How does this differ from other blogs and websites on the subject of homes and shelter? It’s not all recycled web content. Much of what appears below is original material — feedback from people who have been inspired to build homes from our books over the past 40 years. You’ll see it first here.
We don’t mean to brag, but according to Heavy.com, Shelter Publications has two of the top 5 best tiny house books:
The Tiny House Movement is growing rapidly in the United States. There are a lot of cultures around the world who have already discovered the greater simplicity, freedom and happiness that comes from minimizing your “stuff” load and living in a small home. In the U.S., though, the trend for years has been toward McMansions and the “more is more” philosophy: more space, more stuff, more debt, more hours at work, the list can go on and on. The Tiny House Movement provides an outlet and an alternative for people looking to have more creative control over their living spaces and, in turn, their lives. These five books are a good starting place if you are interested in tiny homes and want to learn more, are looking for some inspiration and ideas, or if you are an experienced tiny house dweller or builder.
Read More …
Mike Basich is the star builder of our book Tiny Homes, here is a cool video featuring his cabin in the sierras.
The San Francisco Board of Supervisors approved two significant pieces of legislation last April that support accessory dwelling units (ADUs), also known as “in-law” or secondary units, in the city. The first, introduced by District 3 Supervisor David Chiu and passed on April 17, enables existing illegal units to be legalized. The second, introduced by District 8 Supervisor Scott Wiener and passed on April 16, allows for the construction of new accessory dwellings in his district. These landmark legislations are huge steps for San Francisco, a city with a long history of unsuccessful attempts to pass such measures.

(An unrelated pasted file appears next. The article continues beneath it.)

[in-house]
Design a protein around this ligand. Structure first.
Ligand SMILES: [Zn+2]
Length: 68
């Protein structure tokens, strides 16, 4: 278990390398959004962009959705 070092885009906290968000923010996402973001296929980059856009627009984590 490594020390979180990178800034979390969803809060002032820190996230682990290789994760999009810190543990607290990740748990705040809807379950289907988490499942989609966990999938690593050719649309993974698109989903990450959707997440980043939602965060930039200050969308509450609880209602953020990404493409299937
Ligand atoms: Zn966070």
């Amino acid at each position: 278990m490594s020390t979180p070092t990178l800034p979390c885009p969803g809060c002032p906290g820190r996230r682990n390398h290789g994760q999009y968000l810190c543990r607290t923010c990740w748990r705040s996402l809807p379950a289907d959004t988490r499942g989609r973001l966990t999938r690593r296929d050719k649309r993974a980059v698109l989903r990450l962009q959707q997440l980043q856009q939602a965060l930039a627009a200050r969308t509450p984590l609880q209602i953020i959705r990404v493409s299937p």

Check out the article at www.shareable.net/…
You know what? I am suddenly REALLY excited by this idea. Just as I was with the idea of building on a piece of land in the country in the ’60s–’70s.
Different time now.
The last two posts hit a nerve: There have been 24 comments on the subject so far.
I was thinking last night about the concept of building in sketchy city neighborhoods:
To be sure, there are these. A beautiful young woman was gunned down two days ago in Oakland, trying to protect her kids from a gun fight on the streets. But I believe there a lot more neighborhoods that don’t have drugs and gunshots. When I go to Berkeley, I often cruise Oakland, Richmond, El Cerrito, San Leandro; have checked out Hayward (big town) and Vallejo (on the bay, old buildings downtown; about to get hot, I’ll bet). Then there’s Martinez, Benecia, Hercules, San Ramon, Livermore, Danville … This is San Francisco Bay area, my turf, but others in other urban areas will know the outlying towns of big cities.
Point is: not every part of every city’s small building neighborhoods is a crime combat zone. I find tons of neighborhoods that don’t look dangerous.
Here are a few homes in the East Bay. How many little homes like this are in the U.S.A.?